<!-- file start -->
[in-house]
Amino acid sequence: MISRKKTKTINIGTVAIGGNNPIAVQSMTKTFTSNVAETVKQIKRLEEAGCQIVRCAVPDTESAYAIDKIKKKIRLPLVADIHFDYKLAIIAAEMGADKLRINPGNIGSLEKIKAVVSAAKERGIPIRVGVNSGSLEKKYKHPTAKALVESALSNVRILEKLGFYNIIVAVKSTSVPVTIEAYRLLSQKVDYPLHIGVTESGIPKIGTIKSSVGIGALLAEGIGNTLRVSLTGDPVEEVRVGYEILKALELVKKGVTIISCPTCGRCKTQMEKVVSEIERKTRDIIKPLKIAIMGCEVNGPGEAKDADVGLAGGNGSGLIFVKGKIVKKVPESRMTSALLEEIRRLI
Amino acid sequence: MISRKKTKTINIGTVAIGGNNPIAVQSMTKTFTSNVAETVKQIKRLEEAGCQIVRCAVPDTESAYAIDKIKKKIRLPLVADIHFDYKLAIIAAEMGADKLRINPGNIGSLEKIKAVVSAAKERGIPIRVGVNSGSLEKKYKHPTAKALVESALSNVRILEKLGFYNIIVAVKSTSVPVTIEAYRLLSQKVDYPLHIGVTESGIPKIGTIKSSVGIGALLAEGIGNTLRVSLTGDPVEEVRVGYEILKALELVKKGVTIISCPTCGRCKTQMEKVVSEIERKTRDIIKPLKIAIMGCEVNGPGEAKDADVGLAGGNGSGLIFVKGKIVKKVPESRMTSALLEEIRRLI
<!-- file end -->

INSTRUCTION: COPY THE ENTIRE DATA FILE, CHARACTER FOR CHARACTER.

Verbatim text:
[in-house]
Amino acid sequence: MISRKKTKTINIGTVAIGGNNPIAVQSMTKTFTSNVAETVKQIKRLEEAGCQIVRCAVPDTESAYAIDKIKKKIRLPLVADIHFDYKLAIIAAEMGADKLRINPGNIGSLEKIKAVVSAAKERGIPIRVGVNSGSLEKKYKHPTAKALVESALSNVRILEKLGFYNIIVAVKSTSVPVTIEAYRLLSQKVDYPLHIGVTESGIPKIGTIKSSVGIGALLAEGIGNTLRVSLTGDPVEEVRVGYEILKALELVKKGVTIISCPTCGRCKTQMEKVVSEIERKTRDIIKPLKIAIMGCEVNGPGEAKDADVGLAGGNGSGLIFVKGKIVKKVPESRMTSALLEEIRRLI
Amino acid sequence: MISRKKTKTINIGTVAIGGNNPIAVQSMTKTFTSNVAETVKQIKRLEEAGCQIVRCAVPDTESAYAIDKIKKKIRLPLVADIHFDYKLAIIAAEMGADKLRINPGNIGSLEKIKAVVSAAKERGIPIRVGVNSGSLEKKYKHPTAKALVESALSNVRILEKLGFYNIIVAVKSTSVPVTIEAYRLLSQKVDYPLHIGVTESGIPKIGTIKSSVGIGALLAEGIGNTLRVSLTGDPVEEVRVGYEILKALELVKKGVTIISCPTCGRCKTQMEKVVSEIERKTRDIIKPLKIAIMGCEVNGPGEAKDADVGLAGGNGSGLIFVKGKIVKKVPESRMTSALLEEIRRLI